The human papillomavirus, or HPV, is the most common sexually transmitted infection, or STI, in the United States, with an estimated 79 million Americans currently infected and 14 million newly infected persons per year, according to the U.S. Centers for Disease Control and Prevention. There are more than 40 types of HPV that can affect the genitals, mouth and throat and can lead to genital warts or many types of cancers, including cervical. HPV is passed between partners through skin to skin contact, and nearly all sexually active people contract HPV at some point in their lives.
Many times, the infected person does not experience any symptoms of the HPV infection but can continue to transmit the virus to a sexual partner. Additionally, in up to 90 percent of cases, the virus goes away on its own within two years, according to the CDC. When the virus stays, HPV can cause normal cells to become abnormal, leading to warts or cancer.
Until recently the main ways to prevent HPV infection were condom use and limiting the number of sex partners. With the introduction of the HPV vaccine, a safe, effective method to prevent infections with the most common types of HPV that cause infection and cancer is available. Vaccination is most effective before people become sexually active, so the CDC recommends HPV vaccines for all 11- and 12-year-olds. Gardisil® (vaccine for males and females that is active against four types of HPV) and Cervarix® (vaccine for females only active against two types of HPV) can be administered up to the age of 26. Both vaccines are administered in a three-shot series. The vaccine won't treat an existing HPV infection.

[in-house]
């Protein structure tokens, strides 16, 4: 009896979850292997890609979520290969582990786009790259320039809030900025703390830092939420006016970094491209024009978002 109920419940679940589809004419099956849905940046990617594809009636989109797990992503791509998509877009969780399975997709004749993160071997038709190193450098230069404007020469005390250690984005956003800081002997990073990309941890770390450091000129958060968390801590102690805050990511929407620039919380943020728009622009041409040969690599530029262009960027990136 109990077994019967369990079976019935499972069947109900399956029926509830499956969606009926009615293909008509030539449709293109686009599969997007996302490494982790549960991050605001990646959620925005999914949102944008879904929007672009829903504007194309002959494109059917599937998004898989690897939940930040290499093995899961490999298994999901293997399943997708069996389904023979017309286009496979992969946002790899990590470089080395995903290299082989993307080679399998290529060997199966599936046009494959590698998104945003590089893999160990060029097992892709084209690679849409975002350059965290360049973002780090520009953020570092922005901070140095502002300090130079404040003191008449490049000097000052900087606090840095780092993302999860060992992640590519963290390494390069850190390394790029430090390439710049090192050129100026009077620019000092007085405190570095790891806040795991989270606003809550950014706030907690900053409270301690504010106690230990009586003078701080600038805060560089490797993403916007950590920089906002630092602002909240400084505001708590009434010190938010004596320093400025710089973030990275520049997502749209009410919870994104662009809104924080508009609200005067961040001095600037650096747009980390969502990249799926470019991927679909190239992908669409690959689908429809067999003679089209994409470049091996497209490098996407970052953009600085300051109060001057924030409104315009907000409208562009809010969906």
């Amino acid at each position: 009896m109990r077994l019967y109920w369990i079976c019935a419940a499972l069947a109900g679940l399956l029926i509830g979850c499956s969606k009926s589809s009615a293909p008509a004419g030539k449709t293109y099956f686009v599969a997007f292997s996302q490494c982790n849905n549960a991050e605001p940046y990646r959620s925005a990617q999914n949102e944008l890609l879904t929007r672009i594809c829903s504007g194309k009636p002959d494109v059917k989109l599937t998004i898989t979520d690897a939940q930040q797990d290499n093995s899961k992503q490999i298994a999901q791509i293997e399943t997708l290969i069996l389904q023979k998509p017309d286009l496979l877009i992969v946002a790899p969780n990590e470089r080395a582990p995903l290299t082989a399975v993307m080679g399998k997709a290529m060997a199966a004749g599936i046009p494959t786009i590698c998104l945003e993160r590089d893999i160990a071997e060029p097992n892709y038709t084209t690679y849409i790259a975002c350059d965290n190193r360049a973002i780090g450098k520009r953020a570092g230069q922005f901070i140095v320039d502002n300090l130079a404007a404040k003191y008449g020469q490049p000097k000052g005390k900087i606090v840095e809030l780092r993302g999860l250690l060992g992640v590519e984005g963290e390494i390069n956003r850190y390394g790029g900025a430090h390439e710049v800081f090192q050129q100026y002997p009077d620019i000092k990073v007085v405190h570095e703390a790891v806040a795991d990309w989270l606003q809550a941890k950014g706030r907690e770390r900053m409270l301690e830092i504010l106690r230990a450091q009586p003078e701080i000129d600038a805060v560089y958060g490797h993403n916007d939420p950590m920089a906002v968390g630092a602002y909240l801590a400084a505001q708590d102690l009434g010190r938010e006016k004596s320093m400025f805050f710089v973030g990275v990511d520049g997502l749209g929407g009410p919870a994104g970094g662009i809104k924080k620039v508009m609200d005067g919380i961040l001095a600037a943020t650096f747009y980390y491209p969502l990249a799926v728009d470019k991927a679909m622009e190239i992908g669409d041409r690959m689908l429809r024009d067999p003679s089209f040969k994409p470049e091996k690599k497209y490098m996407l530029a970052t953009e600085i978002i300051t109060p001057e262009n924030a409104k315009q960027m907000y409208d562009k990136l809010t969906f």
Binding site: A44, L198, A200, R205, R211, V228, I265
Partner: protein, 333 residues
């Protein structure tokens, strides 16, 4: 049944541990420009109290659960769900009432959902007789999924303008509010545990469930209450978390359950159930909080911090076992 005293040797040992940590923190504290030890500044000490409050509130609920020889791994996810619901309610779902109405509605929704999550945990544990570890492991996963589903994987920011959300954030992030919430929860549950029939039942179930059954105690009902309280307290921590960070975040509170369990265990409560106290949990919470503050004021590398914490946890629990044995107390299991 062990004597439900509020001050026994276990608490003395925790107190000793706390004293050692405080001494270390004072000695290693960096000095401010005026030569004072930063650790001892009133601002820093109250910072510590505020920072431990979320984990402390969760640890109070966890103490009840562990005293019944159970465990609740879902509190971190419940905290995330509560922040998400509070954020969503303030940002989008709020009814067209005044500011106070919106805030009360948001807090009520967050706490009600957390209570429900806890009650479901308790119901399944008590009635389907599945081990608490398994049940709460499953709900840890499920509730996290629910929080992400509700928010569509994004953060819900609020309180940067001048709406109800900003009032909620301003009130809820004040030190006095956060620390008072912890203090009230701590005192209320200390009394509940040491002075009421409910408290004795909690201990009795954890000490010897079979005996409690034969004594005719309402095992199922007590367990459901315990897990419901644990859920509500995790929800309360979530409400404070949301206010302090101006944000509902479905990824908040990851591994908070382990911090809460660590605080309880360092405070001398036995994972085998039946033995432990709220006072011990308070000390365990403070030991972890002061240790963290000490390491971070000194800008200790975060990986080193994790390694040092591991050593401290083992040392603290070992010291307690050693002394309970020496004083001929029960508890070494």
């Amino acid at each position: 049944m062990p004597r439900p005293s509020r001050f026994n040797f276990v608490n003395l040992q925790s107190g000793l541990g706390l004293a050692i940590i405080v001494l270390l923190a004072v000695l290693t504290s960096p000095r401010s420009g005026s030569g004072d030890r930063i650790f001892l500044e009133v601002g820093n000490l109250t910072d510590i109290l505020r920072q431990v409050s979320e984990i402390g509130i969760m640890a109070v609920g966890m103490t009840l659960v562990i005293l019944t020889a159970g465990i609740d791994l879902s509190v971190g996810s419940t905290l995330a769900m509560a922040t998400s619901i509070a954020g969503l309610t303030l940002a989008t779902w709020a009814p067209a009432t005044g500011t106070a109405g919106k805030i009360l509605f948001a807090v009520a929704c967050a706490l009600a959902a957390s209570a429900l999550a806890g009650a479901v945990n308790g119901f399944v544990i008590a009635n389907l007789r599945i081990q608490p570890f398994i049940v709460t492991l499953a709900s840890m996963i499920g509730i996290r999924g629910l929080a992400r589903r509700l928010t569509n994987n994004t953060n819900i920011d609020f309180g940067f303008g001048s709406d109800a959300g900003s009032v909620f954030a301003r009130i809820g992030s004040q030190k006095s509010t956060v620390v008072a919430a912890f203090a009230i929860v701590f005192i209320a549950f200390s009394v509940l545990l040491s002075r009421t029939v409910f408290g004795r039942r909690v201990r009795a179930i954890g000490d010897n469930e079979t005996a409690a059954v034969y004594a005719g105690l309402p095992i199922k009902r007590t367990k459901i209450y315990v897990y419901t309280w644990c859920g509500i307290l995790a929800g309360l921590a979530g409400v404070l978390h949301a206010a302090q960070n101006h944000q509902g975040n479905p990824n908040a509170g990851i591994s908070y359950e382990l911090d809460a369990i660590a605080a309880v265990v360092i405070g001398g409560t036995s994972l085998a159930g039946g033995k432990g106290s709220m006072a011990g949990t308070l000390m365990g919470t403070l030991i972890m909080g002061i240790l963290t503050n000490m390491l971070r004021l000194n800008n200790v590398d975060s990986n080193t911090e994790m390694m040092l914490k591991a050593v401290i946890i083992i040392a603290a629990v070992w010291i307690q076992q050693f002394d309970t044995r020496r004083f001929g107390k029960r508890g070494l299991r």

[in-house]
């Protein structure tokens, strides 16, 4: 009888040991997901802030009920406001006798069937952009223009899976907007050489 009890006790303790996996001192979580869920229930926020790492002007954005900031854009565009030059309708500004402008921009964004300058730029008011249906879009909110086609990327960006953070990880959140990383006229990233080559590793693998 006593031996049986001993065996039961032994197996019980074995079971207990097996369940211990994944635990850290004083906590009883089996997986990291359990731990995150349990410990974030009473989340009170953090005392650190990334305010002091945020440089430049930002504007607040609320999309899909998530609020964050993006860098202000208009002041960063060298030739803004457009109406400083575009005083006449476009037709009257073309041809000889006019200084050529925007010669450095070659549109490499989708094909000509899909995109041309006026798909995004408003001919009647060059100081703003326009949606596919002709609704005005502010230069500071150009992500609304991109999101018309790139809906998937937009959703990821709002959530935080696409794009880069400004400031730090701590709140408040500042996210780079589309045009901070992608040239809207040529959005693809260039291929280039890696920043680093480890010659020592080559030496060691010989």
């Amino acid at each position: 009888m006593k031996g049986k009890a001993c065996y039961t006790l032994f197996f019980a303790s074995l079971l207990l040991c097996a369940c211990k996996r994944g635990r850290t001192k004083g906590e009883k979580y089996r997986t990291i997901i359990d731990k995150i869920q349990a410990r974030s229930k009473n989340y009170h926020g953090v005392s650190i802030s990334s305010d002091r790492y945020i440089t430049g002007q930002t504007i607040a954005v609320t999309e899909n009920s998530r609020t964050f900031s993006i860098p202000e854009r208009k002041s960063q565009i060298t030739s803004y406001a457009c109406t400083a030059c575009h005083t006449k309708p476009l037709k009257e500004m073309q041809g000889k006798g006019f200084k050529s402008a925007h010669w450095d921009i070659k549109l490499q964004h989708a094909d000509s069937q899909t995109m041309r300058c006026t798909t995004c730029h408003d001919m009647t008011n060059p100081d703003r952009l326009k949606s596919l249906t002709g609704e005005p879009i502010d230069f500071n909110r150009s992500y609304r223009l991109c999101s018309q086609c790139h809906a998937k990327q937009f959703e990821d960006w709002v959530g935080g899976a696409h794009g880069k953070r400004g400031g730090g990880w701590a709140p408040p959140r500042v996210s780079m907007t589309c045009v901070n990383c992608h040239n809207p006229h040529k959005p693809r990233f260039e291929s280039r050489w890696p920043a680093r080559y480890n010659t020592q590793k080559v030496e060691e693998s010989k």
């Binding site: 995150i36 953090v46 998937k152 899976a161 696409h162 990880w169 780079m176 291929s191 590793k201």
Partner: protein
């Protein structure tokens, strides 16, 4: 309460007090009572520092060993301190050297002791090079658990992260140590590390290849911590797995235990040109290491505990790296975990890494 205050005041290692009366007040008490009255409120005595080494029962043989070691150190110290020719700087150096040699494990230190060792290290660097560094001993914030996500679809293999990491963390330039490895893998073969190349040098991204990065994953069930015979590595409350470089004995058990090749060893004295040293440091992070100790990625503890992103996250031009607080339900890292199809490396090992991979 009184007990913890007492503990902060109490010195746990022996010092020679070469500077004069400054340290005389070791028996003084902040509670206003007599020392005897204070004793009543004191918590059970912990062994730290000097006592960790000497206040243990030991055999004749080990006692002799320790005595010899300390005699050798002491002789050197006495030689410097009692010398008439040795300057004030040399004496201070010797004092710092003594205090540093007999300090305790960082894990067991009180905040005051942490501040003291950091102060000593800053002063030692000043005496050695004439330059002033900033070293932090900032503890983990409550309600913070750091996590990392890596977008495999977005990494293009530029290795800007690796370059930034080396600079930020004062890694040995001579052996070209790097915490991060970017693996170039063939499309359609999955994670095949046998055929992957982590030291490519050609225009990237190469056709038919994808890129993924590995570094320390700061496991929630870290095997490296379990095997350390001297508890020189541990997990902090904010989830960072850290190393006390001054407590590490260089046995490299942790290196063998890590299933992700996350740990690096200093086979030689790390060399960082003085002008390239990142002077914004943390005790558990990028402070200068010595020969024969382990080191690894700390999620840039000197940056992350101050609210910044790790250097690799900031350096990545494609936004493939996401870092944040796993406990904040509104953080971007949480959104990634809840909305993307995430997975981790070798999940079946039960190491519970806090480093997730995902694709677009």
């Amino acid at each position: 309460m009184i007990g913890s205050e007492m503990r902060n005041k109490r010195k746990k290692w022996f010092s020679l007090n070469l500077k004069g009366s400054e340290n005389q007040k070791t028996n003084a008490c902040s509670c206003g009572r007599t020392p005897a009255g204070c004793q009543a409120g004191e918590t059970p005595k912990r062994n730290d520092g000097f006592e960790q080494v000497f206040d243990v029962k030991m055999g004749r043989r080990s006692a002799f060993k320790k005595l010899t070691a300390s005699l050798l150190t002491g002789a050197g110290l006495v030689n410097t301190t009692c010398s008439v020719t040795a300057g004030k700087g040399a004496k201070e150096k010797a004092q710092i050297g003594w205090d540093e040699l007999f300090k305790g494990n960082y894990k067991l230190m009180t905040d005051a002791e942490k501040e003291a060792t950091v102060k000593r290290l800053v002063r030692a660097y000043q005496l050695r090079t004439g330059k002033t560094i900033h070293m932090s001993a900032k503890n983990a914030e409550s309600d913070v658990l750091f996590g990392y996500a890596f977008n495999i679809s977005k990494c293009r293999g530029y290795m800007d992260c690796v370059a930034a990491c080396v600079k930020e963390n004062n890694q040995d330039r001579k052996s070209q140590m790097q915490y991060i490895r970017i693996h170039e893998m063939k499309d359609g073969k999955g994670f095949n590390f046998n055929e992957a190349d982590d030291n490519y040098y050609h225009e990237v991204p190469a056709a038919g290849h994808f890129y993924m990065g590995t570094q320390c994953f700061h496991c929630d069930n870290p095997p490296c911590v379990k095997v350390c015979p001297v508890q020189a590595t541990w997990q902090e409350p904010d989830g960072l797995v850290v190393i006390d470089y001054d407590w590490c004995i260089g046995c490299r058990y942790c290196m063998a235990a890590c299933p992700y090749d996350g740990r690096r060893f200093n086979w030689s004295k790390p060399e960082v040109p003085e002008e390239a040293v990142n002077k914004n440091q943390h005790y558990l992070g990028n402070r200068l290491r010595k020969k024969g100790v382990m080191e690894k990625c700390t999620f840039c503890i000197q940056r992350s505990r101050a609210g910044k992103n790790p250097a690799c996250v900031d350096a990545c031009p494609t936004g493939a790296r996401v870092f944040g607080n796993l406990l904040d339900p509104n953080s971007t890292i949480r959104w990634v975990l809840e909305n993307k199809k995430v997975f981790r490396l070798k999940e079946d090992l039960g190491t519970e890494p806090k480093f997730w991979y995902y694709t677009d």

After the introduction of the vaccine in 2007, studies conducted in Australia and the United States all identified a decrease in genital warts as a result of HPV in both males and females under the age of 25. Similar decreases among the Army active-duty component beginning in 2007 were reported in a recent Medical Surveillance Monthly Report, or MSMR. The MSMR reported 163 new cases of HPV per 10,000 person-years from 2000--2012. Rates observed among women were twice as high as those among men. Rates for both males and females decreased with age, dropping substantially by age 25. By comparison, the rate of chlamydia for the same population and time period was 148 and for gonorrhea was 37.
While there is no test to determine one's overall HPV status, the PAP test is used to screen for cervical cancer in females beginning at the age of 21. In females over the age of 30, an HPV test can be performed along with the PAP test. There is no HPV test available at this time for males, nor is there a test to identify HPV in the mouth or throat.
Consult with your primary-care provider if you have any concerns about HPV or HPV vaccination, or to begin the vaccine series.